Legal Guardianships in Texas

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You may find you need to file for legal guardianship of a minor child or of an incapacitated adult. Although there are a number of different circumstances that can lead to this being necessary, the process is generally the same. Filing and being approved for legal guardianship is complex and typically requires the assistance of a Houston family law attorney. With 30 years of experience in family law, the divorce attorneys and legal staff at the Law Office of Kathryn Marteeny are more than qualified to assist you. We have extensive knowledge and resources in handling matters relating to guardianship.

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Who Can Be a Legal Guardian?

When a parent is no longer able to care for their child or their parental rights are taken away, the court must appoint a guardian or a legal custodian who is legally responsible to help make decisions for the child and provide them with care. This can include matters of schooling, healthcare, and finances. In some cases, a parent’s choice of guardian for a child may be listed in the will, but in most situations, this is not the case. (Seeking conservatorship and custody through the family courts is another option.) In either event, a lawyer will assist with the procedures necessary to have a proper guardian or custodian.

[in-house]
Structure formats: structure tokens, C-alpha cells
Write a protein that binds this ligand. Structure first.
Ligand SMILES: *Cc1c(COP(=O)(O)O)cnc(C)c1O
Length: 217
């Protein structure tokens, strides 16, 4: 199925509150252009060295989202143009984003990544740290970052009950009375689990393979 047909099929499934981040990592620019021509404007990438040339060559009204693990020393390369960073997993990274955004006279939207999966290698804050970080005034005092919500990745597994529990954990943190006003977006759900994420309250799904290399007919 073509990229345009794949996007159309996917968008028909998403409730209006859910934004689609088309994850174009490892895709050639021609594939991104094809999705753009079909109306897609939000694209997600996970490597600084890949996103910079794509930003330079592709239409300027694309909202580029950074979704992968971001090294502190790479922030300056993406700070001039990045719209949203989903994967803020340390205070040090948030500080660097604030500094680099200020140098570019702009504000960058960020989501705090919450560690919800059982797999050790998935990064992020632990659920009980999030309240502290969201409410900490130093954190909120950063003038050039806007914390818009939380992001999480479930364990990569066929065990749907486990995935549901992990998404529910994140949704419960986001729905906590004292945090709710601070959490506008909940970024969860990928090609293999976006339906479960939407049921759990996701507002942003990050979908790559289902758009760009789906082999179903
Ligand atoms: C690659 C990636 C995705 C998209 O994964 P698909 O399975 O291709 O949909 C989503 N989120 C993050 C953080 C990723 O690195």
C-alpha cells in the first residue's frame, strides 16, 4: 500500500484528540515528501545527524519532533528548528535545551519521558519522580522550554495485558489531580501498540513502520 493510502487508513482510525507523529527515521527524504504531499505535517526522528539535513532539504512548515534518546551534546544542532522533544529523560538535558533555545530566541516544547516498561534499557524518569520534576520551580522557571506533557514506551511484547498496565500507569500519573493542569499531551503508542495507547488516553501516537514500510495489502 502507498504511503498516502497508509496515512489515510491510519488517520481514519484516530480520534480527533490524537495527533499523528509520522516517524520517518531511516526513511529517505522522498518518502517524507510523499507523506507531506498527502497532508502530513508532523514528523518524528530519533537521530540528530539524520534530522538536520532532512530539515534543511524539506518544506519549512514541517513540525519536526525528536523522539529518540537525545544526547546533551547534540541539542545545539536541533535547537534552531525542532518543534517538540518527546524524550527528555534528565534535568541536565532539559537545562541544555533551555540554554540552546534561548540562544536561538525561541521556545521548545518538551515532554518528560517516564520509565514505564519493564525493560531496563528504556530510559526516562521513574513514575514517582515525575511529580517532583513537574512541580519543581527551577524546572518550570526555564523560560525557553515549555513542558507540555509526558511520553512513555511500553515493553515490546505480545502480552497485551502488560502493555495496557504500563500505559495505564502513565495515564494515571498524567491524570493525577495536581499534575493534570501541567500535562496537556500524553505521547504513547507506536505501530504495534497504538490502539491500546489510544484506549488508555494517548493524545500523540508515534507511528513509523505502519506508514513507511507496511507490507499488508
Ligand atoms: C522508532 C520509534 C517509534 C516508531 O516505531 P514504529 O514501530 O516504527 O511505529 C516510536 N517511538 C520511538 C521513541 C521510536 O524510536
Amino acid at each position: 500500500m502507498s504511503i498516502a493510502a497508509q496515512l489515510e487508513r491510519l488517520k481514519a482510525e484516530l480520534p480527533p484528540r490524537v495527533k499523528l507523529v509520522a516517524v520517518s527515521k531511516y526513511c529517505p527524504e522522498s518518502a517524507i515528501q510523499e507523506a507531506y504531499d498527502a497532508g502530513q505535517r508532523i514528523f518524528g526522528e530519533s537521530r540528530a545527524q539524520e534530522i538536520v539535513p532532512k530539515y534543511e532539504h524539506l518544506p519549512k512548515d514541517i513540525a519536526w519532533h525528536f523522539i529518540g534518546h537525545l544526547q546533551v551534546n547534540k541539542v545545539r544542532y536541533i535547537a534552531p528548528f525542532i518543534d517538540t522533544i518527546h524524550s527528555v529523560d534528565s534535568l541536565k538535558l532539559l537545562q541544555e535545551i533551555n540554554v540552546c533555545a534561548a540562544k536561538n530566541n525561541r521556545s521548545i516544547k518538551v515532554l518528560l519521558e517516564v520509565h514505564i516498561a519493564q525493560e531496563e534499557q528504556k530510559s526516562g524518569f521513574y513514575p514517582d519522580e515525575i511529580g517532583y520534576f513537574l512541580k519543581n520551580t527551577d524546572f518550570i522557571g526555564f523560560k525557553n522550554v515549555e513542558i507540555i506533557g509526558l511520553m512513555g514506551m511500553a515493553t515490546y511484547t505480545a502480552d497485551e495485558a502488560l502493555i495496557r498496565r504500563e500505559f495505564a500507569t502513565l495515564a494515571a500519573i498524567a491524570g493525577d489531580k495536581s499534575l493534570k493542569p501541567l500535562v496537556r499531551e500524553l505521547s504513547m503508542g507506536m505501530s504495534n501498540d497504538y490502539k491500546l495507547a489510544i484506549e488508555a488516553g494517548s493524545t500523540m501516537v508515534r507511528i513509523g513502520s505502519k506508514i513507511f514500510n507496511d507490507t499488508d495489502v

Sometimes an adult is unable to care for or make decisions necessary for their care and it becomes necessary for a guardian to be appointed to legally make decisions for him or her. The procedures for obtaining guardianship over the adult’s person and, where appropriate, the adult’s estate, require guardianship procedures be filed through the probate courts. A Houston lawyer will assist you in all steps of this process.

A guardian will typically hold a number of responsibilities, including the following:

  • Providing for the adult’s or child's health and various needs
  • Ensuring that the adult or child has adequate housing and nutrition
  • Providing guidance and support for the child
  • Handling the estate of a child or adult, under strict supervision of the Court

Typically, the court will want to grant guardianship to the person who is nominated in a will if no one is named in the will, the Court will consider a previous primary caregiver, grandparent or a close relative. For an adult guardianship, the spouse of the adult is usually given first consideration, with adult children or siblings given next priority to be appointed as guardian.

For legal assistance, please call our office today at (713) 936-2300 for a consultation!

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